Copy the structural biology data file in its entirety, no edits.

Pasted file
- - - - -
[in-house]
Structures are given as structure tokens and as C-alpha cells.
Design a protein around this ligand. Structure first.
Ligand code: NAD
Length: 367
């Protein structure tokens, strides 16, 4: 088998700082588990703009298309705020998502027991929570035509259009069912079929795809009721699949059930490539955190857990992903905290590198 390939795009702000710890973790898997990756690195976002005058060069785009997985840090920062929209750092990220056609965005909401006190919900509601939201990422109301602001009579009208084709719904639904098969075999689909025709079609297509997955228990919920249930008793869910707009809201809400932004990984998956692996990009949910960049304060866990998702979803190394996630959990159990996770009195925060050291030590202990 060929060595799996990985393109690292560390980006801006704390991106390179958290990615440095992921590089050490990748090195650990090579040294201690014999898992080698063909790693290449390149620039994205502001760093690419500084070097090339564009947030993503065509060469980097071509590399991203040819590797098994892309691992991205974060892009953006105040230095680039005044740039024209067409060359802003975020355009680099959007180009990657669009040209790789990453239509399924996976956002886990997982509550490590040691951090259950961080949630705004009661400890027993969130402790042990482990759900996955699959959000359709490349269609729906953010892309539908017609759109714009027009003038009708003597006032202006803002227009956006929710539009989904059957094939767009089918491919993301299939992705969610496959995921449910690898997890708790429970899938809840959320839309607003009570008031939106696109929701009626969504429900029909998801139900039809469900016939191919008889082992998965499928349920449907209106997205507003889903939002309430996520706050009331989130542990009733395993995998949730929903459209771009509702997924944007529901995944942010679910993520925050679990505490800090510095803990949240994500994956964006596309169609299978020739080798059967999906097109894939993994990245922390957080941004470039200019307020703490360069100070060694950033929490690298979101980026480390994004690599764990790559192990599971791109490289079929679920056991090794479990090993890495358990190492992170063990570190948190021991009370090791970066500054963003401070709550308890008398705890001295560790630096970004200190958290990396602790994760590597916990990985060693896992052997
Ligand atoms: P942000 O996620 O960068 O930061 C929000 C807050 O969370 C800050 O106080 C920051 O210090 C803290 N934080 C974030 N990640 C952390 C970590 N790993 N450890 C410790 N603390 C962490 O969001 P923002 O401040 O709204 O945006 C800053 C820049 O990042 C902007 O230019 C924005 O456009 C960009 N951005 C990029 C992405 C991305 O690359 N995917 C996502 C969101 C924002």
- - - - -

[in-house]
Structures are given as structure tokens and as C-alpha cells.
Design a protein around this ligand. Structure first.
Ligand code: NAD
Length: 367
């Protein structure tokens, strides 16, 4: 088998700082588990703009298309705020998502027991929570035509259009069912079929795809009721699949059930490539955190857990992903905290590198 390939795009702000710890973790898997990756690195976002005058060069785009997985840090920062929209750092990220056609965005909401006190919900509601939201990422109301602001009579009208084709719904639904098969075999689909025709079609297509997955228990919920249930008793869910707009809201809400932004990984998956692996990009949910960049304060866990998702979803190394996630959990159990996770009195925060050291030590202990 060929060595799996990985393109690292560390980006801006704390991106390179958290990615440095992921590089050490990748090195650990090579040294201690014999898992080698063909790693290449390149620039994205502001760093690419500084070097090339564009947030993503065509060469980097071509590399991203040819590797098994892309691992991205974060892009953006105040230095680039005044740039024209067409060359802003975020355009680099959007180009990657669009040209790789990453239509399924996976956002886990997982509550490590040691951090259950961080949630705004009661400890027993969130402790042990482990759900996955699959959000359709490349269609729906953010892309539908017609759109714009027009003038009708003597006032202006803002227009956006929710539009989904059957094939767009089918491919993301299939992705969610496959995921449910690898997890708790429970899938809840959320839309607003009570008031939106696109929701009626969504429900029909998801139900039809469900016939191919008889082992998965499928349920449907209106997205507003889903939002309430996520706050009331989130542990009733395993995998949730929903459209771009509702997924944007529901995944942010679910993520925050679990505490800090510095803990949240994500994956964006596309169609299978020739080798059967999906097109894939993994990245922390957080941004470039200019307020703490360069100070060694950033929490690298979101980026480390994004690599764990790559192990599971791109490289079929679920056991090794479990090993890495358990190492992170063990570190948190021991009370090791970066500054963003401070709550308890008398705890001295560790630096970004200190958290990396602790994760590597916990990985060693896992052997
Ligand atoms: P942000 O996620 O960068 O930061 C929000 C807050 O969370 C800050 O106080 C920051 O210090 C803290 N934080 C974030 N990640 C952390 C970590 N790993 N450890 C410790 N603390 C962490 O969001 P923002 O401040 O709204 O945006 C800053 C820049 O990042 C902007 O230019 C924005 O456009 C960009 N951005 C990029 C992405 C991305 O690359 N995917 C996502 C969101 C924002």